Malcolm McDowell: 'Critch' role 'one of the most enjoyable' of career

Malcolm McDowell plays Pop Critch on "Son of a Critch." File Photo by Chris Chew/UPI
1 of 5 | Malcolm McDowell plays Pop Critch on "Son of a Critch." File Photo by Chris Chew/UPI | License Photo

LOS ANGELES, Feb. 22 (UPI) -- Malcolm McDowell said his role of grandpa "Pop" Critch on the TV comedy, Son of a Critch, airing Thursdays at 8 p.m. EST on The CW, is among his favorites in his 60-year career.

"He's one of the most enjoyable characters really," McDowell, 80, told UPI in Los Angeles. "I love playing him."


Son of a Critch is based on the life of Mark Critch, 49, who created the show and plays his father, Mike Critch.

Benjamin Evan Ainsworth plays young Mark, who shares a bedroom with Pop. Though McDowell has played historical figures like Emperor Caligula, author H.G. Wells and Albert Schweitzer, he has a little more artistic license with Pop Critch.

"He doesn't make the headlines like those characters, but he's every bit as important in the vocabulary of my career," McDowell said.


Critch said Pop actually is based on two other relatives. Critch's grandfather died of tuberculosis in 1920 before Mark was born.

But, Critch lived with a great aunt and great uncle. Because he was unknown before he became a television actor and writer, he gave all his cast members license to make their characters their own.

"I'm not Churchill," Critch said. "Nobody knows what those people were like."

Each episode of Son of a Critch is inspired by a real-life memory of Critch's. Some of those incidents involve the Pop character -- from winning a live turkey to buying a cable descrambler.

Critch said he thinks about how fleeting moments become lifelong memories. Contemplating why a three-minute moment stood out when he was 12 often inspires an entire episode.

"What makes a moment a memory?" Critch said. "Why is that important to me? Then that gives you an idea of the whole episode."

McDowell said he had few memories of his grandfathers, who died by the time he was 5 years old.

"I remember a man at the top of the house with a shock of white hair," McDowell said. "He was treated with great reverence."


McDowell said he would like to have grown up with a relative like Pop, whose schemes are part of his appeal.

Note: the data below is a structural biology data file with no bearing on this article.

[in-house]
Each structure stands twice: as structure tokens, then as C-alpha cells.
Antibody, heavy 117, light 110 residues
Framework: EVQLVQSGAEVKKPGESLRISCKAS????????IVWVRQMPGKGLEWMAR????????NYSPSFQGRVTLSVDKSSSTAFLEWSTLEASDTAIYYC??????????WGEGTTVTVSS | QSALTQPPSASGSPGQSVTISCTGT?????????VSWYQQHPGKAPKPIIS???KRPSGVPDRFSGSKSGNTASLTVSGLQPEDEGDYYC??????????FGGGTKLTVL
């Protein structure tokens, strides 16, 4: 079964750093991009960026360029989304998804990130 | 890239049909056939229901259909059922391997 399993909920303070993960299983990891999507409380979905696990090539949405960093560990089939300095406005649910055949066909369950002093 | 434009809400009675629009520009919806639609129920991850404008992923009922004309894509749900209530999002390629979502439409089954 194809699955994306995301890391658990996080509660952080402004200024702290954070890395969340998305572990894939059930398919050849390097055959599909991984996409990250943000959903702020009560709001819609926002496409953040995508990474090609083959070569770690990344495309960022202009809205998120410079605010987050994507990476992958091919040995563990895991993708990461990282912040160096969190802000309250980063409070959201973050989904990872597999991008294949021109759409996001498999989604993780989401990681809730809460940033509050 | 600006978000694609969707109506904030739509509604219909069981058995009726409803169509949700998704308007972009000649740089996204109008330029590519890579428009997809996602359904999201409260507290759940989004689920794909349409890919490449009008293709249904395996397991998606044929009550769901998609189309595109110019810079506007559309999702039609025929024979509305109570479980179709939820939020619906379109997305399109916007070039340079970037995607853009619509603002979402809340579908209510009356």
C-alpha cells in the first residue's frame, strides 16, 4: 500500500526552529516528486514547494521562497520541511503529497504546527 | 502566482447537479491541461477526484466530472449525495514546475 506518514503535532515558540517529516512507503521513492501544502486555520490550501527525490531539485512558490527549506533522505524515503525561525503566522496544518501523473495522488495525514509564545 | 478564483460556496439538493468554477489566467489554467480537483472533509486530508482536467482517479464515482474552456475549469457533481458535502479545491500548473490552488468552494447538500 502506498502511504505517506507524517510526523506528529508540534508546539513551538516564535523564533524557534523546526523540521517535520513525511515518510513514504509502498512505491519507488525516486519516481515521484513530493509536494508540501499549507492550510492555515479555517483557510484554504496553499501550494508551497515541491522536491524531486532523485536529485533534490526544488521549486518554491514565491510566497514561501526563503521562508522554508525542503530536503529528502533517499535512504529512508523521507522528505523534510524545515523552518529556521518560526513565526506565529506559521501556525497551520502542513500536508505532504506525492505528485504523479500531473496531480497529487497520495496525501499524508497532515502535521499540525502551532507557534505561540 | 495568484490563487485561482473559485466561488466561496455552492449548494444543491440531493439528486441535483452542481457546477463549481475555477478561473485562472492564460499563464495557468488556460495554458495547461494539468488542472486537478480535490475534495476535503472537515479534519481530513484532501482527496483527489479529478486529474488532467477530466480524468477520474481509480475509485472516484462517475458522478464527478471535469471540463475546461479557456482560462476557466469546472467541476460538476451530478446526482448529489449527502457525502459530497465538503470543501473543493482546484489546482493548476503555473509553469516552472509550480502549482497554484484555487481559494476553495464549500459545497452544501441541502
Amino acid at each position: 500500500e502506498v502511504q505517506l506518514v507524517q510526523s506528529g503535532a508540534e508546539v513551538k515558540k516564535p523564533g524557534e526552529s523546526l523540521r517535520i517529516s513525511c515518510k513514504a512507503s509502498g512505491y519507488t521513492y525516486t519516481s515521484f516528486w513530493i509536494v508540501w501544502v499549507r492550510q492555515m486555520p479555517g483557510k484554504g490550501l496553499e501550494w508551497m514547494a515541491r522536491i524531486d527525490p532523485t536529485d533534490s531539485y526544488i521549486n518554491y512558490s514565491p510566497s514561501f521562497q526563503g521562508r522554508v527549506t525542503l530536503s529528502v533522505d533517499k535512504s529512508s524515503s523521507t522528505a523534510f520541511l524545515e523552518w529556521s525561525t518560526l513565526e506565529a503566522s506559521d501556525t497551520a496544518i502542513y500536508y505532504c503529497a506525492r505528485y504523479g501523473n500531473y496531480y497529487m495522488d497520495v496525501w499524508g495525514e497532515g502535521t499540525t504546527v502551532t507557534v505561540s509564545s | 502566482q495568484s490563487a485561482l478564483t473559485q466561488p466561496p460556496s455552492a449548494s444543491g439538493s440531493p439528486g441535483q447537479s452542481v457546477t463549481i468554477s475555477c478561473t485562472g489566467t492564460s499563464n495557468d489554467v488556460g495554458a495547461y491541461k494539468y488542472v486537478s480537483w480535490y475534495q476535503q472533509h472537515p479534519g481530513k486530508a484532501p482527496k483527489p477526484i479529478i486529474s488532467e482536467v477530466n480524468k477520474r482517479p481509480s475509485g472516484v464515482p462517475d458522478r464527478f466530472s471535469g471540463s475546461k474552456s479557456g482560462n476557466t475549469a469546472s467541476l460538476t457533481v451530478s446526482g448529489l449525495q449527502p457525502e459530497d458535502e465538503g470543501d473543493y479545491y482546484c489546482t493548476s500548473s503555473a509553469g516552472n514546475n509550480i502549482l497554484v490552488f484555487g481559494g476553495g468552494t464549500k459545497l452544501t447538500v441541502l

"Sure, it's going to be a disaster, whether he's selling cheap beer on the side or whatever," McDowell said. "Whatever is going on, there's always an energy about him."

Thursday's episode has Pop trying to thwart his daughter-in-law's (Claire Rankin) plot to donate his favorite chair to a bonfire. Critch said Pop reveals his sentimental side trying to save the chair.

"[Pop] says, 'Absolutely there's a story about that chair you don't know,'" Critch said. "So we learn a bit about Pop's history while they go to try and save this chair from being destroyed."

Sentimentality has rarely been a part of McDowell's career. His breakthrough role as a violent rapist and killer in Stanley Kubrick's 1971 adaptation of A Clockwork Orange led to a career playing villains.

He said he considers himself to be a comedian, despite being typecast as a tough guy and a gangster. McDowell said A Clockwork Orange was intended to be satire, but was taken more seriously because of its intensity.

"Clockwork Orange, I always thought, was a black comedy," McDowell said. "At the time, it was so overwhelming to audiences, they just sat there in silence."


The 1979 time travel fantasy Time After Time allowed McDowell to show his softer side. He played author H.G. Wells, who must chase Jack the Ripper (David Warner) to the present day in his own time machine.

Wells falls in love with a banker (Mary Steenburgen), and although the film became popular through cable airings, McDowell said he laments that it was not originally advertised as the love story it actually was.

"They sold it as a chase movie between Jack the Ripper and H.G. Wells, which was nonsense," McDowell said. "It was actually a love story, and that's why the movie endures today."

McDowell said he still loves doing a family show like Son of a Critch and hopes Critch has more memories for a fourth season. Critch assured McDowell he does, as Season 3 only culminates with the end of junior high school.

"Next year, if we're so lucky to have a Season 4, will be high school, a new school, new teachers, new world," Critch said. "He's just found his group and now he's going to be torn apart again."

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